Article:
Hundreds of refugees and migrants have set off marching from the Serbian capital to the Hungarian border in protest against closed borders and European Union restrictions on entry.
A group of several dozen refugees and migrants first arrived on Sunday in northern Serbia’s Subotica, a town situated around 10km from the Hungarian border, after taking a train part of the way from Belgrade.
More than 300 people started the march on Friday with the hopes of making the 200km trek to the border.
Hungary introduced harsh border control measures on July 5, leaving hundreds of refugees and migrants stranded on the Serbian border.
Under those measures, Hungarian forces can expel to Serbian territory any refugee or migrant caught within 8km on the Hungarian side of the border without any deportation process.
Back in September 2015, Hungary built a razor-wire fence along the 175km border with Serbia and criminalised breaching or damaging the fence to enter the country.
With more people arriving in the refugee camps on the Serbian side of the border, Hungarian journalist Balint Bardi said the “situation is getting worse and growing”.
Hungarian authorities allow 15 people a day – 14 from families and one single male – to enter a pair of transit zones between the two countries and apply for asylum.
“They will have to wait for several months. It’s impossible. All the refugees feel desperate, especially single males,” Bardi, who has reported from both sides of the Hungarian-Serbian border, told Al Jazeera by telephone.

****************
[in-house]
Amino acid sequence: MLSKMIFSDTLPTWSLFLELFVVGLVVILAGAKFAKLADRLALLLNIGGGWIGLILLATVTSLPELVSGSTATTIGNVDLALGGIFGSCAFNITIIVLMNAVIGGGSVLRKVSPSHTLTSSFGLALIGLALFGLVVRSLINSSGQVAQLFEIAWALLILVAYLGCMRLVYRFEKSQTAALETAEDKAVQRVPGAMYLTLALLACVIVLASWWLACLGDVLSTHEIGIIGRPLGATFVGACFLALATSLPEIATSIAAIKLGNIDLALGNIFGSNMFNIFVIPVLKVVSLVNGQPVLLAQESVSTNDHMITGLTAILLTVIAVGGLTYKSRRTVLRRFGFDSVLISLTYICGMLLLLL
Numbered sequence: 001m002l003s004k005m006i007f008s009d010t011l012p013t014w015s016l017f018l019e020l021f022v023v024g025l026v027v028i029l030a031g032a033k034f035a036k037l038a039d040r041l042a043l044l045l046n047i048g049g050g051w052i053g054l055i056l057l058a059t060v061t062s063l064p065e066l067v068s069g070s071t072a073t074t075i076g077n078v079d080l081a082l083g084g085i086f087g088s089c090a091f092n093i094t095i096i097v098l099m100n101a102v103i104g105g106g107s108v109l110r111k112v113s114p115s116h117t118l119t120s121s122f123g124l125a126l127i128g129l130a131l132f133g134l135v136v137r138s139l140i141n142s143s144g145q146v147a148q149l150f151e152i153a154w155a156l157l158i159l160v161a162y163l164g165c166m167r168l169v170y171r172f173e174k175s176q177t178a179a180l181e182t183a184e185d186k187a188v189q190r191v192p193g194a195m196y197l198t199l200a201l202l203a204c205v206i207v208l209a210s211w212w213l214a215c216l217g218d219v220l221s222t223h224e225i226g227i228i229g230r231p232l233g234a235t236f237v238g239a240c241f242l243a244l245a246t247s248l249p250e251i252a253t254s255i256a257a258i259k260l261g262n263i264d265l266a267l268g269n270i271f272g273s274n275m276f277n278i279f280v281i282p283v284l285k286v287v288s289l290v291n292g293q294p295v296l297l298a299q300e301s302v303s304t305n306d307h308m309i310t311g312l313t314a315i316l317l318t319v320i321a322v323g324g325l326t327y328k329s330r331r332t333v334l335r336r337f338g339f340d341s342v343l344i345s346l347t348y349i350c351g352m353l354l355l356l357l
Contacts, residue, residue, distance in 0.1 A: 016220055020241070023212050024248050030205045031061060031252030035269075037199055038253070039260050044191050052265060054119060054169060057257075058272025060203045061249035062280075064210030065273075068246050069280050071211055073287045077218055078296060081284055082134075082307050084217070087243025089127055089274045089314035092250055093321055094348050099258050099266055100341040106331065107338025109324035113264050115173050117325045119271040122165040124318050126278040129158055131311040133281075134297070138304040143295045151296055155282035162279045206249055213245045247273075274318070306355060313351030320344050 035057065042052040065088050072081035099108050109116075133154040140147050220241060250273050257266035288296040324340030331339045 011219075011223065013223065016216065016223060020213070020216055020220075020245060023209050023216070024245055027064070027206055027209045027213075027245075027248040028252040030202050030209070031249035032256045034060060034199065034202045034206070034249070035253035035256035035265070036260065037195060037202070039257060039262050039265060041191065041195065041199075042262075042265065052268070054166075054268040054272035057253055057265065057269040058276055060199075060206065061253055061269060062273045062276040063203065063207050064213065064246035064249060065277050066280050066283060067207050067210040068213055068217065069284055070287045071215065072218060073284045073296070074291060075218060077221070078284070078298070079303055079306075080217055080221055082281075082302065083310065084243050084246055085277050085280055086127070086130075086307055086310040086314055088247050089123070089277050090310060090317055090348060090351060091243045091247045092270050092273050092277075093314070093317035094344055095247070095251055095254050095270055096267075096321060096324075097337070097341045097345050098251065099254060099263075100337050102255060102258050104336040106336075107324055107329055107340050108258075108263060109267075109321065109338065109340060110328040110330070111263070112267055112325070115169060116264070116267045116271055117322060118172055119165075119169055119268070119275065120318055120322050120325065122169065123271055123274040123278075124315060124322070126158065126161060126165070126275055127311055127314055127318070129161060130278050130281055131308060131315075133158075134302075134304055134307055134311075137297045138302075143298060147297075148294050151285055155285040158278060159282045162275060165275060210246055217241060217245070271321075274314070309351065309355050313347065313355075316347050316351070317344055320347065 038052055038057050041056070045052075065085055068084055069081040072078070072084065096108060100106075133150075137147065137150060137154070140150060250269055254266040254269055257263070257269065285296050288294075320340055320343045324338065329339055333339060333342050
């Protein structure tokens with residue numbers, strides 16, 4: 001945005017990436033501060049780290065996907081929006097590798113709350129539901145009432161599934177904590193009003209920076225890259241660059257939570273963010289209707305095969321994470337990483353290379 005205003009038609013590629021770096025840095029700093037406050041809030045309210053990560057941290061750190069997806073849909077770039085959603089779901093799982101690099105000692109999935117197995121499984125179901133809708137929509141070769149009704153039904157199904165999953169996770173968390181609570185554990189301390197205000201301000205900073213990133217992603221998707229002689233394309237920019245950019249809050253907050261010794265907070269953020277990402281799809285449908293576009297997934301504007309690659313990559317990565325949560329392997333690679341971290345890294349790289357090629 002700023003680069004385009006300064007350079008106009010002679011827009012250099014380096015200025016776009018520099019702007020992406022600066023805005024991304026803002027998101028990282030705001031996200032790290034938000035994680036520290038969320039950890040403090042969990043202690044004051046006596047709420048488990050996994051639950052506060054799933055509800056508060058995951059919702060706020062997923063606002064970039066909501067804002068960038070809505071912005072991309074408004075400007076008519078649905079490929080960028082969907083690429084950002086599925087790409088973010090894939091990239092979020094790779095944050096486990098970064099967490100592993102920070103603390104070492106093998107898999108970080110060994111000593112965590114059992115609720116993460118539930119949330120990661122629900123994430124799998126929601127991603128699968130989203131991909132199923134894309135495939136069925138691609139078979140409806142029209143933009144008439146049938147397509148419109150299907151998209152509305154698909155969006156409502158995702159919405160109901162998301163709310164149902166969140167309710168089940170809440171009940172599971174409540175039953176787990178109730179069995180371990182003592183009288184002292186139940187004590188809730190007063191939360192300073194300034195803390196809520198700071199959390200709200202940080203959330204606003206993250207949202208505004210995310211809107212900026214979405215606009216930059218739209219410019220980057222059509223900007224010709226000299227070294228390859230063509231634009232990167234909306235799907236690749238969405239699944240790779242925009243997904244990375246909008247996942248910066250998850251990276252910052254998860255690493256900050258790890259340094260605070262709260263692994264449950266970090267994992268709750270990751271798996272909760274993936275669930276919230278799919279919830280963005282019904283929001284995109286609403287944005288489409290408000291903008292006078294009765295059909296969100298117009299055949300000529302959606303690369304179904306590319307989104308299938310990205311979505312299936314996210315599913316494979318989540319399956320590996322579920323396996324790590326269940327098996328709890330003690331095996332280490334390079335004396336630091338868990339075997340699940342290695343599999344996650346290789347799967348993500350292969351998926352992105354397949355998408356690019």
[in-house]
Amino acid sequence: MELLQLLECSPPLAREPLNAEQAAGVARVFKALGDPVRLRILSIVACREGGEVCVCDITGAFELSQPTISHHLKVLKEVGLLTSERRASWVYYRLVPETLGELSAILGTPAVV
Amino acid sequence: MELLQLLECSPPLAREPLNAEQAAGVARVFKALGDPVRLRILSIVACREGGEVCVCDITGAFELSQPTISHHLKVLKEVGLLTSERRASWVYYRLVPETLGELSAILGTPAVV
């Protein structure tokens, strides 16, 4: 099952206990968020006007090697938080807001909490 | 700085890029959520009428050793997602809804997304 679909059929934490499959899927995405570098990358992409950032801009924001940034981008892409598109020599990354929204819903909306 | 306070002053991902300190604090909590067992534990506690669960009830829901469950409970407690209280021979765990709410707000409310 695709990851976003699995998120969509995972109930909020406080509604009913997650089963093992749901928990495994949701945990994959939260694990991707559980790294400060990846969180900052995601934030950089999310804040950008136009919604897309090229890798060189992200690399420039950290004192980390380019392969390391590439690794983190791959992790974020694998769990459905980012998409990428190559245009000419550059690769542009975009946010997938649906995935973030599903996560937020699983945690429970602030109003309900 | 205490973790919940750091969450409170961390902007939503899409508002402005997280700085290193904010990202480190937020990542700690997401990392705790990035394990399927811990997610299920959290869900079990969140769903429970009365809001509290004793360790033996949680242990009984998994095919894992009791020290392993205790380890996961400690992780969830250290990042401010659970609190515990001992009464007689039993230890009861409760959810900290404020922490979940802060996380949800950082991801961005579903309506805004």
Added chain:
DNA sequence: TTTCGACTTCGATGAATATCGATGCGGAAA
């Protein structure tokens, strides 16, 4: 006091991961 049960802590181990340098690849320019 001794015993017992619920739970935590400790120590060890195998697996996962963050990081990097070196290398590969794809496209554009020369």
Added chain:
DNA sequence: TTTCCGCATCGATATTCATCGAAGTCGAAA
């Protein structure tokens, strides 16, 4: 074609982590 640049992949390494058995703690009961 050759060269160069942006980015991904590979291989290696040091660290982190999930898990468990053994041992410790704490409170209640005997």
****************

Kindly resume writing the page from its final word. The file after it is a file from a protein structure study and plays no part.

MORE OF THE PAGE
On the Serbian side of the border, Bardi estimates that up to 1,000 people are waiting in two impromptu camps and one official camp. “There’s not enough drinking water, no electricity to charge their phones,” he said.
Afyer the introduction of the new border restrictions, Gyorgy Bakondi, chief adviser on homeland security to Hungarian Prime Minister Viktor Orban, said they were introduced “to prevent illegal immigrants from being in Hungary, but [also] to allow those who wish to submit requests for asylum”.
‘Breaking all the rules’
Earlier this month, Human Rights Watch released a report criticising Hungary’s treatment of refugees and migrants detained after entering or while attempting to enter its territory.
The report was dismissed by the Hungarian government.
Based on interviews with 41 refugees and several institutions, the report claims that a group of 30 to 40 refugees and migrants – among them women and children – were beaten by soldiers for two hours after being held in Hungary.
The report quoted an unidentified man as saying: “I haven’t even seen such beating in the movies.”
“Five or six soldiers took us one by one to beat us. They tied our hands with plastic handcuffs on our backs. They beat us with everything, with fists, kicks and batons. They deliberately gave us bad injuries.”
Others interviewed by the rights group said they were beaten by police and then forced back into Serbia through small openings in the razor-wire fence.
Lydia Gall, HRW’s regional researcher, said that “the abuse of asylum seekers and migrants runs counter to Hungary’s obligations under European Union law, refugee law and human rights law”.
“The European Commission should use its enforcement powers to press Budapest to comply with its obligation under EU law, to provide meaningful access to asylum and fair procedures for those at its borders and on its territory.”
“Hungary is breaking all the rules for asylum-seekers,” Gall said.